Strategy Spotlight

Income Strategy Update: Investing in the Recovery

Global economic activity is accelerating, yet risks remain and valuations appear stretched. A broad and flexible portfolio is crucial.

Most markets have more than fully recovered amid expectations for accelerating global economic growth, and a thoughtful approach is critical to navigating the coming years. Here, Dan Ivascyn, who manages PIMCO Income Strategy with Alfred Murata and Josh Anderson, speaks with Esteban Burbano, fixed income strategist. They discuss PIMCO’s economic and market views along with current portfolio positioning.

Q: What are the key investment takeaways from 2020 – a challenging year in more ways than one – and what is PIMCO’s outlook for 2021?

Ivascyn: 2020 was a reminder that there can be negative, once-in-a-career market surprises leading to powerful repricing of risk. The market volatility experienced last March highlighted the importance of proactive liquidity and risk management. It also underscored the importance of diversification for building a more resilient portfolio – of course, diversification has always been a hallmark of the Income Strategy.

Our base case economic outlook for 2021 is one of “Bounded Optimism,” with vaccine distribution likely to become more efficient; meanwhile, we expect fiscal and monetary policy to remain quite supportive. This suggests a more synchronized global recovery later this year, and some optimism for risk assets, but we believe a defensive mindset is warranted (read our latest Cyclical Outlook for details).

As the recovery gains traction, the effect of the fiscal stimulus, combined with some pandemic-related supply constraints, could culminate in near-term inflation pressure. But our general view is that powerful disinflationary forces remain, and that inflation will be reasonably well contained.

Risks to our outlook include ongoing political tensions between the U.S. and China, and fuller valuations in certain segments of the equity and fixed income markets – they are not necessarily in bubble territory, but they’re high from a historical perspective, and we still have a significant amount of near-term economic uncertainty. It may become more difficult to generate returns, so an expanded opportunity set and precise implementation are going to be very important.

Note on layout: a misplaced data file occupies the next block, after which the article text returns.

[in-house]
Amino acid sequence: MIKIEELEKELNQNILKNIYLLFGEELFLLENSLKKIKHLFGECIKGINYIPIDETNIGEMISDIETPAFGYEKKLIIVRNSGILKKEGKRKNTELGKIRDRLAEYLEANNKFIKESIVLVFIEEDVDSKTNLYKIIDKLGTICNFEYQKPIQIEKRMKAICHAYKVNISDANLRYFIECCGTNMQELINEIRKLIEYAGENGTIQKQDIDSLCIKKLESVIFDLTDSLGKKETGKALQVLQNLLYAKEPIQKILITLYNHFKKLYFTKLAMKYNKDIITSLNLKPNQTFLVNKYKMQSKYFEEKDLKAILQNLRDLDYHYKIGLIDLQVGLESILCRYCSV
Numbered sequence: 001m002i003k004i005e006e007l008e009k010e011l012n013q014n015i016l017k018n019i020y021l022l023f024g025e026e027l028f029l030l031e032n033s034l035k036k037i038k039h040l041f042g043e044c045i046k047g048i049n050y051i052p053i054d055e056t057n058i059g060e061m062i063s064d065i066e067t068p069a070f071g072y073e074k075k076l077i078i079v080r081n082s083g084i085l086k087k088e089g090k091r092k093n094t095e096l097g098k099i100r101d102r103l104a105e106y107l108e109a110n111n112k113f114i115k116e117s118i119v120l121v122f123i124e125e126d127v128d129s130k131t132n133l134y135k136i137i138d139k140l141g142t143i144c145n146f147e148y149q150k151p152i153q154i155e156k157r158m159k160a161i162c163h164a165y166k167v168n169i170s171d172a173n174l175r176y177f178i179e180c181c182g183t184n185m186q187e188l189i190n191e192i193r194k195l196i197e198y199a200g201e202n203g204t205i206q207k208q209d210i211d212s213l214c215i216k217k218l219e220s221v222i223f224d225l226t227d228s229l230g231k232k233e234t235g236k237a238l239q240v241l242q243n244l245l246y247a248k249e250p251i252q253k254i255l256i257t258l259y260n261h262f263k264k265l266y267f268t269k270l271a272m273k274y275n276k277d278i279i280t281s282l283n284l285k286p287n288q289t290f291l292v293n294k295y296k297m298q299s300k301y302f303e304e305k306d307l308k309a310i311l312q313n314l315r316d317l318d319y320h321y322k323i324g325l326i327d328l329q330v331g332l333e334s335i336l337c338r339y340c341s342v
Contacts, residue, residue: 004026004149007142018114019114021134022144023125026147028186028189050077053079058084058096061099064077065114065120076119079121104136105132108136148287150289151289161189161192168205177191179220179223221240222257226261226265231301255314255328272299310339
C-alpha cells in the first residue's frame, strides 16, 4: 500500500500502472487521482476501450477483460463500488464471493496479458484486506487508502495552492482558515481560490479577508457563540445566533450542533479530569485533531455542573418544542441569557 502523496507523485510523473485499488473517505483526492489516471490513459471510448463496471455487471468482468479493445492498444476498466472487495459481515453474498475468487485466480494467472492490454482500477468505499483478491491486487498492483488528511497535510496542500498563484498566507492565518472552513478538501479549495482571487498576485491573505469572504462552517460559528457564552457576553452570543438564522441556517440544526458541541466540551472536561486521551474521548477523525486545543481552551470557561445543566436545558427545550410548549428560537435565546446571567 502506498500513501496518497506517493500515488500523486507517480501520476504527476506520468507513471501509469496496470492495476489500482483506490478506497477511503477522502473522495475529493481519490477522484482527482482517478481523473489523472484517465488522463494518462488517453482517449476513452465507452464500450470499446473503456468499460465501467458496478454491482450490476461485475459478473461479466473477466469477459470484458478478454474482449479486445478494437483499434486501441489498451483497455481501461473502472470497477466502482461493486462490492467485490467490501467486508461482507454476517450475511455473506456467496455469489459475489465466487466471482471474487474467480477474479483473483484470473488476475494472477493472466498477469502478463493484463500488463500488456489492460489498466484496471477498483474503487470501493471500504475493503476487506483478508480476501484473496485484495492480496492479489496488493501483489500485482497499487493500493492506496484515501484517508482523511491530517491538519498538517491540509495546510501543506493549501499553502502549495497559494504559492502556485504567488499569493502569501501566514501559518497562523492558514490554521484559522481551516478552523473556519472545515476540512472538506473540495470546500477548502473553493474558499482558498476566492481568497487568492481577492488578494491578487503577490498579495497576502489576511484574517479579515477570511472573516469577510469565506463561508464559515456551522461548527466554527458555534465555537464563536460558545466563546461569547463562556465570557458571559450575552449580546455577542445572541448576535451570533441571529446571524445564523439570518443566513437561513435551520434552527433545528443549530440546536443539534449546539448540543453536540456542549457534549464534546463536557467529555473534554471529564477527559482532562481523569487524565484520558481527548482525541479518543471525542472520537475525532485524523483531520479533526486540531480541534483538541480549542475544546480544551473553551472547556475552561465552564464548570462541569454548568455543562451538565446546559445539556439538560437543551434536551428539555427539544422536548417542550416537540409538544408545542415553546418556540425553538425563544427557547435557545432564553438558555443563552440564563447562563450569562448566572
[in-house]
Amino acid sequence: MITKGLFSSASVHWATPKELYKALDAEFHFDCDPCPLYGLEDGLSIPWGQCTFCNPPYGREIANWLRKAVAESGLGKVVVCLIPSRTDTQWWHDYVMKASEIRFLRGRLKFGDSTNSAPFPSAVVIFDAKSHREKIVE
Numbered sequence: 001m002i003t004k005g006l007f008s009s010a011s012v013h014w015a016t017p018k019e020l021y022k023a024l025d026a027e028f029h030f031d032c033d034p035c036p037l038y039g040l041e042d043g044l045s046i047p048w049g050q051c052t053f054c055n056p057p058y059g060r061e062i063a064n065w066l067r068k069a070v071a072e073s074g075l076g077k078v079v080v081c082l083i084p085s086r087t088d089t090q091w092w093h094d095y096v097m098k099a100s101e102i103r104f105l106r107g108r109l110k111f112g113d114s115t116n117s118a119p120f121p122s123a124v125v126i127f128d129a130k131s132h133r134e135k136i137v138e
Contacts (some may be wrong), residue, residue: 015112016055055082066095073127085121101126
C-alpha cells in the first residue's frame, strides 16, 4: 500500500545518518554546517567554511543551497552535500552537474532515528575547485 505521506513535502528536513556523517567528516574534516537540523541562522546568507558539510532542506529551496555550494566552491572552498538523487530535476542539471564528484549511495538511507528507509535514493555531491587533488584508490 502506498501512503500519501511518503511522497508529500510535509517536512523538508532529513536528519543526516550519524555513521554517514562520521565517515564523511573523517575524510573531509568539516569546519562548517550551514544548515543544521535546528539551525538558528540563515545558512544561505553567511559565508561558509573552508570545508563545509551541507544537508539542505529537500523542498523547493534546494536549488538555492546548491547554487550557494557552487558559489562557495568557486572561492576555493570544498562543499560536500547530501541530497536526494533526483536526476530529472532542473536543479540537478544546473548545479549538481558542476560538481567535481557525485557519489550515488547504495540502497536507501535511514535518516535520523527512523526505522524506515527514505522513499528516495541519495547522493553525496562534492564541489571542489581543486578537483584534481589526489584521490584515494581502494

Q: Could you expand on the outlook for accommodative fiscal and monetary policy, particularly in the U.S., and how this could affect bond yields?

Ivascyn: We expect increased fiscal spending largely focused on COVID-19 relief and infrastructure, but given the narrow Democratic majority, we don’t anticipate dramatic fiscal scenarios that would drive concern around the inflation outlook or debt sustainability.

We think central banks are going to continue to be quite accommodative and keep policy rates on hold for a few years. And in light of the 2013 taper tantrum, we think the Federal Reserve will be gradual and patient, and carefully communicate to markets about any changes in its balance sheet, such as purchases of Treasuries and mortgages. (For details, please read our recent blog post on Fed policy in 2021.) Of course, even a gradual tapering of central bank policy could potentially lead to some market noise later this year or next.

Overall, although we expect bond yields to continue to trend higher in light of continued policy support, we think they will remain relatively range-bound.

Q: What are the high-level investment themes in the Income portfolio today?